Justin Waskiewicz Brings Passion for Teaching, Forest Stewardship, and Growing Trees to RSENR
- By Robin Orr
RSENR Lecturer Justin Waskiewicz planted the seeds of his career 20 years ago in Coudersport, Pennsylvania at the former Potato City Airport. (By then the property was managed as wildlife habitat by the Pennsylvania Department of Conservation and Natural Resources). The seeds were Pinus jeffreyi (Jeffrey Pine), and they were the first manifestation of Justin’s lifelong passion for growing trees from seed.
Growing up in rural Pennsylvania, where his father worked for the Pennsylvania Bureau of Forestry, forest stewardship has always been a part of Justin’s life. While it should come as no surprise that his higher education started with a B.S. in Forestry (summa cum laude), some might be surprised that he left Pennsylvania’s familiar forests to study at Northern Arizona University (NAU).
Justin dove into research as an undergraduate, measuring decomposition rates of ponderosa pine snags, which provided a smooth transition into the work for his master’s thesis: “Snags and Partial Snags in Managed, Relic, and Restored Ponderosa Pine Forests of the Southwest.” While earning his M.S. (with distinction) at NAU, Justin also earned a Graduate Certificate in applied statistics. He spent one more year in the southwest, working as a research technician on projects including radio telemetry of mountain lions, before coming back east to pursue his Ph.D. at the University of Maine.
On the way to Maine, he stopped in the Adirondacks to attend the Silviculture Instructors’ Field Tour that takes place just before the annual meeting of the Society of American Foresters. Impressed by the knowledge and dedication of individuals whose careers involved both forest stewardship and teaching, Justin’s career path started to come into focus.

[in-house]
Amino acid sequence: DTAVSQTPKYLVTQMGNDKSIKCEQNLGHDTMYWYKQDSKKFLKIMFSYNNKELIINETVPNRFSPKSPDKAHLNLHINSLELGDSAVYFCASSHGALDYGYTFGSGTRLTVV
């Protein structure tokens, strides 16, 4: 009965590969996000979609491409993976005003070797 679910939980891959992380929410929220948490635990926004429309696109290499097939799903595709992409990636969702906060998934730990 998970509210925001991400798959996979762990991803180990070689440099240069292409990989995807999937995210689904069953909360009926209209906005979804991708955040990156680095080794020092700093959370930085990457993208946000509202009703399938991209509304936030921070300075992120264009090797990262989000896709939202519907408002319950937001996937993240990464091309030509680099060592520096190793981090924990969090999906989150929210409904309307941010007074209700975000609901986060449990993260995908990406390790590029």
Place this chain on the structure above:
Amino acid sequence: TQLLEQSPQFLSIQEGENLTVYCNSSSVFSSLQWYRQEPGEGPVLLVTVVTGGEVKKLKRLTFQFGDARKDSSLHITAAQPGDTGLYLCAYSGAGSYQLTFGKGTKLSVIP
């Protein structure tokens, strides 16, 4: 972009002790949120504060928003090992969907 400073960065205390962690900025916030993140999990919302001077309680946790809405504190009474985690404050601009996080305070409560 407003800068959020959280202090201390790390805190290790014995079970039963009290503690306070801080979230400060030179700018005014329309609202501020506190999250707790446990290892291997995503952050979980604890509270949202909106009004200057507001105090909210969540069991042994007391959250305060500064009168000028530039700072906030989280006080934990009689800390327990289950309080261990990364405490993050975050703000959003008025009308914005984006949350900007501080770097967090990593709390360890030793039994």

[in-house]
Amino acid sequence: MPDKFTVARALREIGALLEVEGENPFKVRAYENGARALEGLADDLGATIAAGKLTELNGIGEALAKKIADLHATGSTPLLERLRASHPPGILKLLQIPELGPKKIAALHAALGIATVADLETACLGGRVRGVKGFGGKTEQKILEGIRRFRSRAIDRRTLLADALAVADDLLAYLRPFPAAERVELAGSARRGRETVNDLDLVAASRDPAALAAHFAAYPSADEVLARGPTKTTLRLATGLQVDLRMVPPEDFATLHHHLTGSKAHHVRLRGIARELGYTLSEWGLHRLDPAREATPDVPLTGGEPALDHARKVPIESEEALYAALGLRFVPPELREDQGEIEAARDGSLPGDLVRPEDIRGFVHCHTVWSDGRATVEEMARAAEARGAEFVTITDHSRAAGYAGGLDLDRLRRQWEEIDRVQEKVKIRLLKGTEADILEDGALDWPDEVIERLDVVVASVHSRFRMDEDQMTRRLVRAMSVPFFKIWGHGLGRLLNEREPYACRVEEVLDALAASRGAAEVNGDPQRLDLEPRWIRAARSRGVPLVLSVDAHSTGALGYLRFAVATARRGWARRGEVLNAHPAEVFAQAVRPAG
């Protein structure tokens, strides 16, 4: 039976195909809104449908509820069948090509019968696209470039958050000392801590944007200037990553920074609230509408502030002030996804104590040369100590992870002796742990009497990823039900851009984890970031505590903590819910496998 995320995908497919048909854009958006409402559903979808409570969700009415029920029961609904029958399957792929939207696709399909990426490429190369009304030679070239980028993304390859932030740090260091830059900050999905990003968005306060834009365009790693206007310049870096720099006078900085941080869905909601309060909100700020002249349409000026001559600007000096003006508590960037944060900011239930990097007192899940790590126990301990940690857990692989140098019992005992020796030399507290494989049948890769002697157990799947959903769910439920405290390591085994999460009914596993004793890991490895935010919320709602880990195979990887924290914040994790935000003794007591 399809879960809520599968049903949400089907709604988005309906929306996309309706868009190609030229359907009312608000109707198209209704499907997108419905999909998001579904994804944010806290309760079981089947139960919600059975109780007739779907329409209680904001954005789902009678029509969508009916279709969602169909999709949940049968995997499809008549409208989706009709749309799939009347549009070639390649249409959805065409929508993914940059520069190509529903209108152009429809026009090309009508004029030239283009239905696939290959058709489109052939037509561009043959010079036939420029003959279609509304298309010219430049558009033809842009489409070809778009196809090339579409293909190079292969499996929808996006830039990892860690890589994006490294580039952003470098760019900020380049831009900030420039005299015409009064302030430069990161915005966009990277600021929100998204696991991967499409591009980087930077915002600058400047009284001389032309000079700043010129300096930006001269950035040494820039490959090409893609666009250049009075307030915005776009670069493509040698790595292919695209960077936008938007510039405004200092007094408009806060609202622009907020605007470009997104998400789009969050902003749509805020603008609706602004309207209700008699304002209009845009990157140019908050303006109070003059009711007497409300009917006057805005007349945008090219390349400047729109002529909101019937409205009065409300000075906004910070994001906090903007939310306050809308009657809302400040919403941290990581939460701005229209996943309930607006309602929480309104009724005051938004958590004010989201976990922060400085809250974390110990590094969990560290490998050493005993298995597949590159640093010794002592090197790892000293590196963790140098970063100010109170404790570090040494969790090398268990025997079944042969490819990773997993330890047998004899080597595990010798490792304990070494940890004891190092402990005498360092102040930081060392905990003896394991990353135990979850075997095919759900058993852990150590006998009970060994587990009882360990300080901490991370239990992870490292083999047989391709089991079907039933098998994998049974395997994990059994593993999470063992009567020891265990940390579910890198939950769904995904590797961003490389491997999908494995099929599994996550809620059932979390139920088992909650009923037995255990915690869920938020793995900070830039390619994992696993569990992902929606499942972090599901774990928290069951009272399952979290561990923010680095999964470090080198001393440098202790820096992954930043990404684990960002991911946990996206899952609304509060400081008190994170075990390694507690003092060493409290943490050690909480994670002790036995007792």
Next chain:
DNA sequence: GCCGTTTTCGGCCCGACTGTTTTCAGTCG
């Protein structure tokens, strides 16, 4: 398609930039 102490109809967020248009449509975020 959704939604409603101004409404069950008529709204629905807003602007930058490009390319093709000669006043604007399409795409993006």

Justin was named a National Science Foundation Graduate Teaching Fellow during the first two years of his Ph.D. program, so he spent at least one day per week working in local elementary and high schools where he presented information about his own research and taught general science topics to K-12 students. While pursuing his Ph.D. Justin also served as a teaching assistant at the University of Maine, then moved up to instructor for undergraduate courses at the University of Maine, Beal College, and the College of the Atlantic.
In 2007, Justin was awarded a Northern Forest Scholarship from the Northeastern States Research Cooperative (NSRC), which allowed him some time to focus on his own scholarship. His research on competition in oak–pine forests led to a publication in Forest Ecology and Management, numerous posters and conference presentations, and his dissertation: “Influence of Neighborhood Structure on Growth in Northern Red Oak–Eastern White Pine Stands.”
After earning his Ph.D., Justin spent another year working on research in Maine’s USDA Forest Service Northern Research Station Penobscot Experimental Forest, before moving to the University of Vermont Rubenstein School to teach multi-resource silviculture, forest ecology, and small woodlot management.
As the seeds that Justin planted as a youth have transformed into trees (see photo), Justin’s focus has transitioned from specific topical research to the broader goal of training others. The Jeffrey pines probably won’t reproduce in the Pennsylvania field they now call home, but the seeds of knowledge that Justin plants in the classroom will eventually produce generations of forest stewards who are prepared to pursue either path.